Cult Q & A: Emma Kennedy

❉ This week, it’s Stevenage’s finest, creator of The Kennedys and Celeb Masterchef champ. She doesn’t lend out her records.

Which record wouldn’t you let out of your sight?

None of them. People are thievey fuckers. I NEVER get ANYTHING back. Sue Perkins is the absolute WORST culprit. I would never let go of my Muppet Christmas Album. Not even if lives depended on it.

“I was SHIT at cooking before Masterchef and now I am AWESOME.”

What were you like at school?

Very sporty, very enthusiastic. I loved school. I used to volunteer for everything. I think because I was an only child, school was my playtime and I couldn’t bear to miss out on anything. I loved learning, I loved making friends. I was very sociable. My mother, who was the naughty one in the family was forever trying to get me to bunk off. I was having none of it. She was a teacher. Not at my school, thank God. I loved school so much I used to wear my school blazer AT THE WEEKENDS (with the collar turned up).

What did you want to be when you were growing up?

Didn’t have a clue. It didn’t dawn on me that I could have a job I liked until I was 28. I was a washer upper, a chambermaid, a gardener, a waitress, I worked in a launderette, a shop, a hotel, a publishing firm and then became, almost inexplicably so, an actual lawyer. Ludicrous career path.

What advice would you give to your teenage self?

Go and start writing as soon as you leave university and don’t become friends with this list of people. *hands teenage self a piece of paper with some names on*

What are your best and worst qualities?

Best – I am fiercely loyal. Pathologically so. And I’m very generous.

Worst quality – I will forgive but by god, I will never forget. If you cross me, you’re dead to me.

What’s the worst job you’ve ever had?

Sorting underwear at a launderette. It was biblical.

Who were your heroes growing up?

French and Saunders, Wood and Walters. Fact I have now become good friends with one of those people is really quite something.

“Q made me feel chaos was to be embraced.”

What do you consider to be the single greatest piece of television ever?

Oh this is hard. Drama: Brideshead Revisited had quite the impact on me. For comedy: The Day Today. But best ever? Tiswas or Q. Both made me feel chaos was to be embraced. Oh wait: Ripping Yarns’ Tomkinson’s Schooldays is a masterpiece.

Monty Python: Is it funny?

Only some bits. Don’t ever be tempted to watch it again. The films are brilliant but just bask in the happy memories of the sketch show. Don’t scratch that itch.

What was the last film that you watched?

Frozen. I had an enormous Sunday lunch and needed to lie on the sofa and think about nothing. Yes, I sang the song. It’s impossible not to.

What film could you watch every day?

American Movie. I still don’t believe it’s a documentary.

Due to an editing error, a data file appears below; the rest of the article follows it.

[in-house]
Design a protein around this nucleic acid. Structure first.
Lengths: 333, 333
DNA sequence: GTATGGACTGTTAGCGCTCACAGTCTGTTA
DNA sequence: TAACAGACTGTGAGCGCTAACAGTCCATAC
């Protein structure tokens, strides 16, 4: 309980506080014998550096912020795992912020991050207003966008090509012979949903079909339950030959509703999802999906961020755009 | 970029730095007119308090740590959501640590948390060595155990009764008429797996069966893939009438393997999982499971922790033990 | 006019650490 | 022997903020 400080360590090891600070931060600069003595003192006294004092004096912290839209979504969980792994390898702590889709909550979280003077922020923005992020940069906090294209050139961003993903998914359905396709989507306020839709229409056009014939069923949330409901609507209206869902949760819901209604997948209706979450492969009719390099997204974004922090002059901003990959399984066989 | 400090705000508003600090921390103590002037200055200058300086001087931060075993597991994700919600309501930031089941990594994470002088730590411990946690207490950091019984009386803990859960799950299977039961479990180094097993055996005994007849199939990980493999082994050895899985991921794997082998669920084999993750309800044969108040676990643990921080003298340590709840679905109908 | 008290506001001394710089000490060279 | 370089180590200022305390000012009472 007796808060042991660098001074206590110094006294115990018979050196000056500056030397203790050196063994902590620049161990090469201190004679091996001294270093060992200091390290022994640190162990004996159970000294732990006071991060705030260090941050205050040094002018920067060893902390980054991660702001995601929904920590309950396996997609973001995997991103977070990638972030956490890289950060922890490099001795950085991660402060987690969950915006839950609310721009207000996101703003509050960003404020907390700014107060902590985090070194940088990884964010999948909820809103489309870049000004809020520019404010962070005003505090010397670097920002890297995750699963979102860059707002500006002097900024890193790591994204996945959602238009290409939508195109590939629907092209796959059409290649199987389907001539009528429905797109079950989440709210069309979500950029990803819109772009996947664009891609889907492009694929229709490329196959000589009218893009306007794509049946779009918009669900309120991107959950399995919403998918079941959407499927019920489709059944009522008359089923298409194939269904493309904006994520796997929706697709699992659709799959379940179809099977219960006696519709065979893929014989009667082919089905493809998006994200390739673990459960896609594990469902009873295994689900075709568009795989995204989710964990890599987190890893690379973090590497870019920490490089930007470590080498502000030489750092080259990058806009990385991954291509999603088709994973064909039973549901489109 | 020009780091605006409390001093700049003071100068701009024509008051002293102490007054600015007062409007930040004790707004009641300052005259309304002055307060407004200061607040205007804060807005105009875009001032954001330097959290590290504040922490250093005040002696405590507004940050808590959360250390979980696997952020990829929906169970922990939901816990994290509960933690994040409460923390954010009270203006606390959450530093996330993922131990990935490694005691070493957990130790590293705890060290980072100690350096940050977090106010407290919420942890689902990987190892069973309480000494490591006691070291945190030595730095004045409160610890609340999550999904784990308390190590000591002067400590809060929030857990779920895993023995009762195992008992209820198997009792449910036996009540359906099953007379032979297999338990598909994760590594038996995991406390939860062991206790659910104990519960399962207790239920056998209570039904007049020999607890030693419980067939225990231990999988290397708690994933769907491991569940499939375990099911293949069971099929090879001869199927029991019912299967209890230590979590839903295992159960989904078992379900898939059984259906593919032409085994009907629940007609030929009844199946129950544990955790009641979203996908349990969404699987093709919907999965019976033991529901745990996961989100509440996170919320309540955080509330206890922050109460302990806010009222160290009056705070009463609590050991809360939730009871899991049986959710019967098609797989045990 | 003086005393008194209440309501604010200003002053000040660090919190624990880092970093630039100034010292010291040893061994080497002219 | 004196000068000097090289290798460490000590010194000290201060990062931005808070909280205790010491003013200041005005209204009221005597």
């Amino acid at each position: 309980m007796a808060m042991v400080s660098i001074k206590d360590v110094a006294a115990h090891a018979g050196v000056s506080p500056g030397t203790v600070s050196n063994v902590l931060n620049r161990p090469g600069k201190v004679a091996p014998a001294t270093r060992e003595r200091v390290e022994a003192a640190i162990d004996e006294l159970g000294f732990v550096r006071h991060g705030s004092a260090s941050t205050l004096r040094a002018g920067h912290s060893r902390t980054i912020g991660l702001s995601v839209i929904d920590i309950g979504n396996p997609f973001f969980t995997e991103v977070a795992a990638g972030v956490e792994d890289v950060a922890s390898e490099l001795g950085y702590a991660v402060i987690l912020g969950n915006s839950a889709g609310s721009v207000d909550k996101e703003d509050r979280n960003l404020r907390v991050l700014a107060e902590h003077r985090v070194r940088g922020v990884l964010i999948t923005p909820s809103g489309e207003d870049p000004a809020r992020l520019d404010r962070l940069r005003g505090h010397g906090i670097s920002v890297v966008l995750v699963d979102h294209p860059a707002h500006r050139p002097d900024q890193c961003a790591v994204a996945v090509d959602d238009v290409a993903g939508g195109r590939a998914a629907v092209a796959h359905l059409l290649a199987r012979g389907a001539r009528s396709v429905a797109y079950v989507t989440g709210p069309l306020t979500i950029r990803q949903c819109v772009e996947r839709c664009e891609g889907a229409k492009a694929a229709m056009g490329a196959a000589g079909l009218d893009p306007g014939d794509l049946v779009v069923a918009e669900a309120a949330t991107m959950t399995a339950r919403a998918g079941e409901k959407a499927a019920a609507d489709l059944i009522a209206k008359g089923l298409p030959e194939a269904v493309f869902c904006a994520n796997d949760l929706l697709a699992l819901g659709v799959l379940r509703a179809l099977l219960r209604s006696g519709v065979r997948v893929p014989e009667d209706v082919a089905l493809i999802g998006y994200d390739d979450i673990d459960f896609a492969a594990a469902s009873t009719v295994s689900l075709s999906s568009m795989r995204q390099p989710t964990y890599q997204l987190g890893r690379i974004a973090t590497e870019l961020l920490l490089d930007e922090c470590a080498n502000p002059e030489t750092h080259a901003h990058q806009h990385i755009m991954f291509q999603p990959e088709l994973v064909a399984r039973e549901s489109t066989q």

What’s your favourite film soundtrack?

The Royal Tenenbaums OR The Draftsman’s Contract

Which four actors would you like to see in a film together and which genre?

Meryl Streep, Emma Thompson, Juliette Binoche and Kate Winslet in a film called Turn and Look Sad. I bloody LOVE crying at films. When these four cry on screen, it’s like the sun has gone in forever.

Which film, book or record last disappointed you the most?

La La Land. Fuck me, it was dull.

Which record would you recommend and lend to a friend?

Steady on. If they had never heard it, I’d recommend Dusty Springfield’s Dusty In Memphis. Lend it? Are you having a laugh?

Which record wouldn’t you let out of your sight?

None of them. People are thievey fuckers. I NEVER get ANYTHING back. Sue Perkins is the absolute WORST culprit. I would never let go of my Muppet Christmas Album. Not even if lives depended on it.

Which book would you save if your house was on fire?

My copy of the Codex Seraphinianus. It only took me 30 years to get one.

What’s your definition of what makes something cult?

It has to be niche. It has to be borderline unpleasant. It has to be vaguely incomprehensible. And there probably needs to be facial hair.

What are you reading at present?

Bobby Baker’s Diary Drawings.

How did you come to write your first book, How To Bring Up Your Parents?

I was asked to turn my blog into a book. So I did. It’s a bit rubbish. You can tell it’s a mangled blog. It was good practice though.

Your second book, The Tent, The Bucket and Me, about your childhood growing up in Stevenage in the 1970s, was published in 2009. Six years later you adapted it as the TV series The Kennedys. Can you tell us a little about how you came to turn the book into a TV series, what was the process like?

The BBC contacted me and asked to buy the rights. Then we entered into a long development process turning what was a book about holidays into something that could be a returnable series. This is vaguely hilarious to me now because that process took three years and then they cancelled it after one series. HA HA HA.